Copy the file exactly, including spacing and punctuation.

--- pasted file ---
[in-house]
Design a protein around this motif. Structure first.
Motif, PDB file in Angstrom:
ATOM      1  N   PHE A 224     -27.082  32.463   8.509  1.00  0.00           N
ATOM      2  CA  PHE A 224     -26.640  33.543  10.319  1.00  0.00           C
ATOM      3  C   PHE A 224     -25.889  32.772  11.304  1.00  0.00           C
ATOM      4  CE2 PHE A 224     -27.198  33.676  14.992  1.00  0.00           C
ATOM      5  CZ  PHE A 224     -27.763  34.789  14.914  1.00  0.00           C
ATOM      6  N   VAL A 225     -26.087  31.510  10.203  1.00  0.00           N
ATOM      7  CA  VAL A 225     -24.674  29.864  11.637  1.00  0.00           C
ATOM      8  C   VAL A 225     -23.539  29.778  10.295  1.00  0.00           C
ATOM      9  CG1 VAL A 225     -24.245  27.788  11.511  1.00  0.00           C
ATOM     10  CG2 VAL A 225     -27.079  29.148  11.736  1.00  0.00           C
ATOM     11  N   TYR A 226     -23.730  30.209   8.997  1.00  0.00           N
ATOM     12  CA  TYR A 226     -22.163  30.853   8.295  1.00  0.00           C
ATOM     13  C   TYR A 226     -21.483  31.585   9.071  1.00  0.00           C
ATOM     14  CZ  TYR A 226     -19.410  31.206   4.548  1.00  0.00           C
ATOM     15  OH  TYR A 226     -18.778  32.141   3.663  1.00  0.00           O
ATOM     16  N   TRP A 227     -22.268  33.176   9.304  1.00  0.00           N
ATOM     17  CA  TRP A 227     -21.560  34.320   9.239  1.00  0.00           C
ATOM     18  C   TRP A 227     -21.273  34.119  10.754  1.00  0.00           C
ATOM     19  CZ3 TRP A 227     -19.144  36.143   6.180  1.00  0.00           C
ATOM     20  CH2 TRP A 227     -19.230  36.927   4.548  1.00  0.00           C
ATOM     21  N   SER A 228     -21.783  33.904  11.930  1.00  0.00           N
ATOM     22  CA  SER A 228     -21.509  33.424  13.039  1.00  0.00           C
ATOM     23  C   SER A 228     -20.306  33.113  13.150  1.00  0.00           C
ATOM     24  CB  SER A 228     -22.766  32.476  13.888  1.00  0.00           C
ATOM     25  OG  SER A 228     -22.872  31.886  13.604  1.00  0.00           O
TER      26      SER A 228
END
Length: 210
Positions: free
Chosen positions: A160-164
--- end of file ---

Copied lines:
[in-house]
Design a protein around this motif. Structure first.
Motif, PDB file in Angstrom:
ATOM      1  N   PHE A 224     -27.082  32.463   8.509  1.00  0.00           N
ATOM      2  CA  PHE A 224     -26.640  33.543  10.319  1.00  0.00           C
ATOM      3  C   PHE A 224     -25.889  32.772  11.304  1.00  0.00           C
ATOM      4  CE2 PHE A 224     -27.198  33.676  14.992  1.00  0.00           C
ATOM      5  CZ  PHE A 224     -27.763  34.789  14.914  1.00  0.00           C
ATOM      6  N   VAL A 225     -26.087  31.510  10.203  1.00  0.00           N
ATOM      7  CA  VAL A 225     -24.674  29.864  11.637  1.00  0.00           C
ATOM      8  C   VAL A 225     -23.539  29.778  10.295  1.00  0.00           C
ATOM      9  CG1 VAL A 225     -24.245  27.788  11.511  1.00  0.00           C
ATOM     10  CG2 VAL A 225     -27.079  29.148  11.736  1.00  0.00           C
ATOM     11  N   TYR A 226     -23.730  30.209   8.997  1.00  0.00           N
ATOM     12  CA  TYR A 226     -22.163  30.853   8.295  1.00  0.00           C
ATOM     13  C   TYR A 226     -21.483  31.585   9.071  1.00  0.00           C
ATOM     14  CZ  TYR A 226     -19.410  31.206   4.548  1.00  0.00           C
ATOM     15  OH  TYR A 226     -18.778  32.141   3.663  1.00  0.00           O
ATOM     16  N   TRP A 227     -22.268  33.176   9.304  1.00  0.00           N
ATOM     17  CA  TRP A 227     -21.560  34.320   9.239  1.00  0.00           C
ATOM     18  C   TRP A 227     -21.273  34.119  10.754  1.00  0.00           C
ATOM     19  CZ3 TRP A 227     -19.144  36.143   6.180  1.00  0.00           C
ATOM     20  CH2 TRP A 227     -19.230  36.927   4.548  1.00  0.00           C
ATOM     21  N   SER A 228     -21.783  33.904  11.930  1.00  0.00           N
ATOM     22  CA  SER A 228     -21.509  33.424  13.039  1.00  0.00           C
ATOM     23  C   SER A 228     -20.306  33.113  13.150  1.00  0.00           C
ATOM     24  CB  SER A 228     -22.766  32.476  13.888  1.00  0.00           C
ATOM     25  OG  SER A 228     -22.872  31.886  13.604  1.00  0.00           O
TER      26      SER A 228
END
Length: 210
Positions: free
Chosen positions: A160-164